BOOT CAMP 157 (11/01/01)

Email file attachments


File attachments are at the same time one of the most useful and most infuriating features of email. They add enormously to the functionality of sending messages over the Internet but they increase upload and download times, adding to the cost of Internet use, and they can open the door to destructive viruses.


Newcomers to the Internet and email sometimes find it difficult to grasp the concept of file attachments, and in the past it has involved a lot of messing around with arcane file formats and specialised software but popular email ‘client’ programs, like recent versions of Outlook/Outlook Express and Netscape Messenger etc., have taken the sting out of both sending and receiving them. Other email clients handle attachments with varying degrees of success, some email systems cannot handle them at all, but we’ll look at the problems and pitfalls in more detail in a moment. However, before we go any further, we’d better explain what a file attachment actually is.


The name says it all. An attachment is simply a file attached to an email. What makes file attachments so useful is that they can be almost anything, from a photograph or a spreadsheet to an encrypted document or a complete program, but as far as the client program sending or receiving the attachment is concerned, it is just a data and file what it contains is completely irrelevant. Unfortunately this is what makes attachments so dangerous, and a virus, contained within an attachment, can be activated as soon as it is opened; one careless click has infected many a PC.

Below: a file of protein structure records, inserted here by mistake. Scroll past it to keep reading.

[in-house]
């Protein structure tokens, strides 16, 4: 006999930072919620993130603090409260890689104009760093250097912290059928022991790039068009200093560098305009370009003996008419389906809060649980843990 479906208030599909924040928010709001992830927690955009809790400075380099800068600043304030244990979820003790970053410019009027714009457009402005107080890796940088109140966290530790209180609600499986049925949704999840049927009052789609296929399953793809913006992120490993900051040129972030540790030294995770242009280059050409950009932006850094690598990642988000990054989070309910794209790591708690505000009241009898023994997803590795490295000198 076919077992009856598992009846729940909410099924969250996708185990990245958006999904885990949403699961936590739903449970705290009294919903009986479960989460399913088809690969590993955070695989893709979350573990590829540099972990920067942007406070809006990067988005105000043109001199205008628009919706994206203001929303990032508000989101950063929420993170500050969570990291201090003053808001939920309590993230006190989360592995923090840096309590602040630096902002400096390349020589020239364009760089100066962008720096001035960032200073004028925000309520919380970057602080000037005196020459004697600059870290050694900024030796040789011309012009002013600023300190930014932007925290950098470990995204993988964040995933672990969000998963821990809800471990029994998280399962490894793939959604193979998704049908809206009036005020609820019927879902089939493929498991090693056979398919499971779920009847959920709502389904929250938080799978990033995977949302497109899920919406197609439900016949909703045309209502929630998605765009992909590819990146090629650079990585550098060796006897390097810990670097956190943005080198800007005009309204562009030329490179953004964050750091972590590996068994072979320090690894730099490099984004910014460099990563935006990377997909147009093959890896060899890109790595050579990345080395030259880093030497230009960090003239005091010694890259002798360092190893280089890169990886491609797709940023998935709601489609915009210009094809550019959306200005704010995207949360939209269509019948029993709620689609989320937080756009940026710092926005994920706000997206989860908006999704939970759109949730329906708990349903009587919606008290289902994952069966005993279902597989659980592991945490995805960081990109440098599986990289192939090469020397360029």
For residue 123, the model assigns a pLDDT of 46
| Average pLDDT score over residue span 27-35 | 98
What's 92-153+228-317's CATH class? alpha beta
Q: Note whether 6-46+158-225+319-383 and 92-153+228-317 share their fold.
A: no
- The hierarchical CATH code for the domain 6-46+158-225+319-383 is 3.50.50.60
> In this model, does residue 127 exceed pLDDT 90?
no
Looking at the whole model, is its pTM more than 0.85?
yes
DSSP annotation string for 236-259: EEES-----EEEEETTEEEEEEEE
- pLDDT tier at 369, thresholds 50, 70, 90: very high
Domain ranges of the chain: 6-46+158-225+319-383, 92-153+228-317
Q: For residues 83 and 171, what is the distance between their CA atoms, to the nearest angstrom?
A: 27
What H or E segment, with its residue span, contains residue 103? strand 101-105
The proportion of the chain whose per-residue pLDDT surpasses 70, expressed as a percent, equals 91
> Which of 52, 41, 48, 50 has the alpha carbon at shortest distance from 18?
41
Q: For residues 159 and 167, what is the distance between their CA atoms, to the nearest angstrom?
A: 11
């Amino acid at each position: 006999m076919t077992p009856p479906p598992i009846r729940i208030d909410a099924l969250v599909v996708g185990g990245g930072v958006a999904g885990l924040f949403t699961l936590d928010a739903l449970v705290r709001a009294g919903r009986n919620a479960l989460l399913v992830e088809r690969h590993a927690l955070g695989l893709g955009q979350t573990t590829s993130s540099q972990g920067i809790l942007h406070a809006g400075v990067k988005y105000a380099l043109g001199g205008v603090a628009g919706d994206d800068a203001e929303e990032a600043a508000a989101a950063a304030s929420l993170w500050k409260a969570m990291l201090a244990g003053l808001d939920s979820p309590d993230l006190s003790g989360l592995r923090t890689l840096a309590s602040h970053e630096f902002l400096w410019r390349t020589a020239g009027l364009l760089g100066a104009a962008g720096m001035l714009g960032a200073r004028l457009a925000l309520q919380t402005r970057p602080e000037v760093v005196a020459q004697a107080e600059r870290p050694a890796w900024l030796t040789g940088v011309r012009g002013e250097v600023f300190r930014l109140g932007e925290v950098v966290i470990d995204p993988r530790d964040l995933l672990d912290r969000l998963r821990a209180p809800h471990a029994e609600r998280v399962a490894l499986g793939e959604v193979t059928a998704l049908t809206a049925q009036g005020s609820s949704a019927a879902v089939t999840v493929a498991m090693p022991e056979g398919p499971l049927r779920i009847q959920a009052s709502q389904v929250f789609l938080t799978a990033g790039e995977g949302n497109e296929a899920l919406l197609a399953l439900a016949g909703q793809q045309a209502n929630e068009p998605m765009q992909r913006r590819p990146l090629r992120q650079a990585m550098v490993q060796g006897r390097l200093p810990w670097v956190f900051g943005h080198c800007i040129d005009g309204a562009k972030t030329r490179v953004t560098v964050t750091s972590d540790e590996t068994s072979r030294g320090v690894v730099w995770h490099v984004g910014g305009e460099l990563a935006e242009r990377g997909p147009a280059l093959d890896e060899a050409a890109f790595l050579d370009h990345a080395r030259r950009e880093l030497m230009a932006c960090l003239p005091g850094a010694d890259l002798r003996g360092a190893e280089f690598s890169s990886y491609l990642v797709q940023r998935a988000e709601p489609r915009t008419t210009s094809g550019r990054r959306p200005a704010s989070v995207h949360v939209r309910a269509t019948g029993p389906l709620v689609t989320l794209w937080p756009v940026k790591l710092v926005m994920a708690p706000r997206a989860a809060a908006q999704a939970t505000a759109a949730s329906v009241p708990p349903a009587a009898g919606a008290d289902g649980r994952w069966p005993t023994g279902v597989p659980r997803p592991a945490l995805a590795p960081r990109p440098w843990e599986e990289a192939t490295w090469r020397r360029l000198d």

If you are willing and able to receive attachments on your PC – and generally speaking it is good thing to have  -- then it is very important to have an anti-virus strategy, and stick to it! Some of the more advanced virus scanner programs can be set to automatically intercept all incoming emails and attachments and check them for infections, but they are only as good as their last virus pattern update and can easily miss newly developed strains. Rule number one, never open an attachment unless you are expecting it, you know exactly what it contains and it comes from a one hundred percent reliable source. Even then be cautious as some virus programs propagate by hijacking email client programs, sending copies of itself to all of the names in the infected program’s address book, so a viral attachment could just as easily come from a relative, friend or colleague.